The City of Fremantle  and W.A. State agencies need to take a strong stand agains totally inappropriate development proposals for Freo’s gorgeous West End.

These applications are a total waste of time for the City’s planning department and for JDAP, Heritage Office, Planning Commission, etc. as they are un-approvable!

 

Roel Loopers

 

ATTACK ON FREO’S HISTORIC WEST END STOPPED

Posted in architecture, city of fremantle, development, heritage, Uncategorized by freoview on July 27, 2017

 

Pakenham Street development proposal

 

I am delighted that Fremantle Council last night unanimously rejected the application for three five-storey buildings in Fremantle’s West End.

The three buildings would have been built from the Customs House on the corner of Henry and Phillimore Street all the way to Pakenham Street and would have destroyed the West End forever and set a precedent for future massive buildings.

Not only did our Councillors reject the application but the State Heritage Office also recommended its refusal.

Councillor Bryn Jones said that the reasons for the refusal are very comprehensive and it would have been the end of the West End as we know it.

Councillor Andrew Sullivan said the development was significantly out of order and that the permanent state heritage listing of the West End was a game changer that would have an impact on how the State’s Joined Development Assessment Panel(JDAP) would rule on future applications for the historic area.

Councillor Jones said that JDAP cannot approve a development when the State Heritage Office recommend it to be rejected.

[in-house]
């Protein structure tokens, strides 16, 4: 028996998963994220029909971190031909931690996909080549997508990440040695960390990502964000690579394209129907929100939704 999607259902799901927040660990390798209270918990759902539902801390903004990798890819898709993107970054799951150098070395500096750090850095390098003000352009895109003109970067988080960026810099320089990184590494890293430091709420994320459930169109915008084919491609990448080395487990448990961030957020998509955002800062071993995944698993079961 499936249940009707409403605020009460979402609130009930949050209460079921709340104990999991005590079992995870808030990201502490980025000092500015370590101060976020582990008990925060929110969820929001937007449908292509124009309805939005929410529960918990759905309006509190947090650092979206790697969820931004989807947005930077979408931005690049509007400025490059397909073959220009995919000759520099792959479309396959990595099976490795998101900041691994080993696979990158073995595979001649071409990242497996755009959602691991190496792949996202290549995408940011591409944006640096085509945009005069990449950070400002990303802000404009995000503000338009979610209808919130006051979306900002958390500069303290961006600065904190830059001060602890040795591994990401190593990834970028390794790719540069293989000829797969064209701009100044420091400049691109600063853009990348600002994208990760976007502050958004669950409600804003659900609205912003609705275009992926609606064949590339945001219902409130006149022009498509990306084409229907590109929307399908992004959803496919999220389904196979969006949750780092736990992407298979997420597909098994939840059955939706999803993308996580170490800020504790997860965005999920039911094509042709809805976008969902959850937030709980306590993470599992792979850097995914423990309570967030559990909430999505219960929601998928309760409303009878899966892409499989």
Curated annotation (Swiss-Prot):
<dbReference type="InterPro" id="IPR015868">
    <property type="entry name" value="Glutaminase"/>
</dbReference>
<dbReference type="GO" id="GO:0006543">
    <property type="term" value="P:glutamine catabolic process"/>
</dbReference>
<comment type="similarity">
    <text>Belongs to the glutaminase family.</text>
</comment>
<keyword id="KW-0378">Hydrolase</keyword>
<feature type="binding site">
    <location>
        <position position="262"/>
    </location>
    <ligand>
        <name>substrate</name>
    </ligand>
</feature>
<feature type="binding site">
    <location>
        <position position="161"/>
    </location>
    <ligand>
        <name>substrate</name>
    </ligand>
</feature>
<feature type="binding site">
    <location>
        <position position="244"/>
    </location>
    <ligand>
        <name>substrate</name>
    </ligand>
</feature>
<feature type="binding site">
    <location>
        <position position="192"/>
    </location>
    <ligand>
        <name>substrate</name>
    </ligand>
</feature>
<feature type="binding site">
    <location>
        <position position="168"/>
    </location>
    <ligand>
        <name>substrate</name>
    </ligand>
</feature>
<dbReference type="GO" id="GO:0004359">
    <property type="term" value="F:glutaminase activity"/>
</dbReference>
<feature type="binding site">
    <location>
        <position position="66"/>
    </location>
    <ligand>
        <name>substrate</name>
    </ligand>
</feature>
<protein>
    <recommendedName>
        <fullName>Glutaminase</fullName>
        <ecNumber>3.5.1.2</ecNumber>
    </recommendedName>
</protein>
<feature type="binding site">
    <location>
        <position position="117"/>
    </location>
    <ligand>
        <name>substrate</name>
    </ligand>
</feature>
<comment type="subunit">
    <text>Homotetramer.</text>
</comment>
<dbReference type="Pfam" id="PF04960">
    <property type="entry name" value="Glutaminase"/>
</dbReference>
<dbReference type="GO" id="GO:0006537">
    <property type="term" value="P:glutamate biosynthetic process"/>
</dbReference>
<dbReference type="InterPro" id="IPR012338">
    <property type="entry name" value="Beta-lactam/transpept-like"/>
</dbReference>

There is incredible arrogance by architects trying to get five-storey buildings in the West End, when the planning scheme only allows for three storeys, with a possible discretionary additional storey for outstanding architecture or heritage preservation.

The proposed buildings show absolute disrespect for the heritage significance of the beautiful West End and are very basic, boring, mediocre TBL(tripple bottom line) boxes that would do nothing to enhance the area.

The attack by developers on the West End needs to stop and the State Government needs to step in and be stronger and make sure that the DAP does not approve future five-storey applications.

Councillor Bryn Jones reminded us last night that the State Heritage Office had recommended the Notre Dame University five-storey building in High Street for approval and that is a serious worry.

It was only the university’s Vice Chancellor Celia Hammond’s respect for Fremantle Council and the Freo community that saw Notre Dame withdraw the development application after public rejection.